Earlier this year Stitch Club released their new Shelfie animals as PDF patterns and I’ve been waiting patiently ever since for the full kits to be released, mainly because I’m lazy and don’t want to source my own materials! Well, now they are here and I ordered one straight away! They are cleverly designed to sit independently on the edge of a shelf, table, or any other flat surface, hence the name.
Included in the box was:
- Felt sheets x3 (grey marl, black, white)
- Embroidery threads x3 (grey, black, white)
- Freezer paper templates
There was a choice of four animals: badger, fox, hare, or llama. I was torn between the badger and the llama because they looked like they had the most embellishments to sew but in the end I decided on the badger; I am a Hufflepuff after all!
I’ve never used freezer paper to cut out patterns before. It irons on to the fabric rather than being pinned on like standard paper pattern pieces and can be used more than once. I found that when it worked it was great, but when it didn’t quite stick properly it was a bit annoying especially when half way through cutting something out. I definitely think it was better for the smaller pieces though, which can be tricky to cut out using paper and pins.
The best part of the project was creating the front of the badger by building up the layers of felt to create the head and tummy and stitching on the features like the paws and nose. The patterns pieces fit together really well and sewing the front and the back together was really easy. I chose to use blanket stitch, but there was the option to use whip stitch or running stitch instead, all of which were explained in the ‘Learn to Sew with Felt’ booklet along with lots of other useful information about cutting felt, using freezer paper, and using embroidery thread.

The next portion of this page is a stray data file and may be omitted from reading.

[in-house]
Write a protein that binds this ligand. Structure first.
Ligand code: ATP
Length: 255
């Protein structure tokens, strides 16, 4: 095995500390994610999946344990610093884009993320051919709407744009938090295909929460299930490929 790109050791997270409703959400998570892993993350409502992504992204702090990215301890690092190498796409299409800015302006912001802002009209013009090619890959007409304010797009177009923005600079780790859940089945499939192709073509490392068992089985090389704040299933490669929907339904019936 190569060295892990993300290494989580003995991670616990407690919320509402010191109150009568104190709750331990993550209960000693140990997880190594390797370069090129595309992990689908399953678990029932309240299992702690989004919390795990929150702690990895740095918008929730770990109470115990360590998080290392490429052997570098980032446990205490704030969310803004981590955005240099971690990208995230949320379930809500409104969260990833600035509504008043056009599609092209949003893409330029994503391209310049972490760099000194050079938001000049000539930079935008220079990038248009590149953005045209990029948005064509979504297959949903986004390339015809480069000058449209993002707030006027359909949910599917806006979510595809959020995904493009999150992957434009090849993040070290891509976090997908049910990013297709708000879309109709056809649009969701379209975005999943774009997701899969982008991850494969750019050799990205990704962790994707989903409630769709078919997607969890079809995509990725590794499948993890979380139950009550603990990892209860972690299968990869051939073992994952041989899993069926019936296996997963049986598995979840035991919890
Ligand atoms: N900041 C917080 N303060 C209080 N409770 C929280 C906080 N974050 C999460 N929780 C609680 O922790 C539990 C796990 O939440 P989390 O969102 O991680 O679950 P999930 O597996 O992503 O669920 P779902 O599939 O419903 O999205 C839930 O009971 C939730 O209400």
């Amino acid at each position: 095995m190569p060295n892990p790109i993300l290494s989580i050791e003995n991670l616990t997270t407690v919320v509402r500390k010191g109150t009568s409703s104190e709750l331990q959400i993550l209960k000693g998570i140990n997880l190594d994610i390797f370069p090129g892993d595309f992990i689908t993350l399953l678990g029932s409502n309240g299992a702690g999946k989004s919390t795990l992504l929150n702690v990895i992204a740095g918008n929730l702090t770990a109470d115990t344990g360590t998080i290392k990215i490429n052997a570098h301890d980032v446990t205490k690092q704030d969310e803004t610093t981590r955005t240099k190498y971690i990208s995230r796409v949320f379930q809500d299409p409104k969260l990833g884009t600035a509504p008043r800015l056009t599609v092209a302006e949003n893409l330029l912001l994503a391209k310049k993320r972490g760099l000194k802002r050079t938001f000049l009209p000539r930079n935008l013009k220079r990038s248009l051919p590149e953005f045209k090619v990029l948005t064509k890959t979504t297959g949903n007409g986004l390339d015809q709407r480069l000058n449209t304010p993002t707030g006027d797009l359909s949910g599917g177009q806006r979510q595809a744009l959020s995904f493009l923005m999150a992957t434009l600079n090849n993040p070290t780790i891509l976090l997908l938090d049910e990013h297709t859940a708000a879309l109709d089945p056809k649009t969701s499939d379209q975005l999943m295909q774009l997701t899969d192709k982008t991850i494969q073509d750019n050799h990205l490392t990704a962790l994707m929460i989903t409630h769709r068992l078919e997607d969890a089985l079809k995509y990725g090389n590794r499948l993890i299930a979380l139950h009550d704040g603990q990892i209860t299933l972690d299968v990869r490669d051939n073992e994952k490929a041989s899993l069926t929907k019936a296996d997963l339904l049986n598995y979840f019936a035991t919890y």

The part that took the longest was the stuffing because it’s really important to ensure that all the small parts like the nose and ear are properly filled. To achieve this you need to feed in very small amounts of stuffing at a time, pushing them all the way in with the help of something like a pencil. When I first started the stuffing process I thought there was no way I would use all of the stuffing provided, but I used every last scrap in the end!
The kit cost £19.50, which I think is very reasonable for the amount and quality of materials, plus the great design of the product. I was expecting to pay anywhere between £25-£35 for this kit when I saw it had been released and I think it would be worth that. I’m very pleased with my badger sitting up on the shelf, but now I’m thinking that I might need his other animal friends too…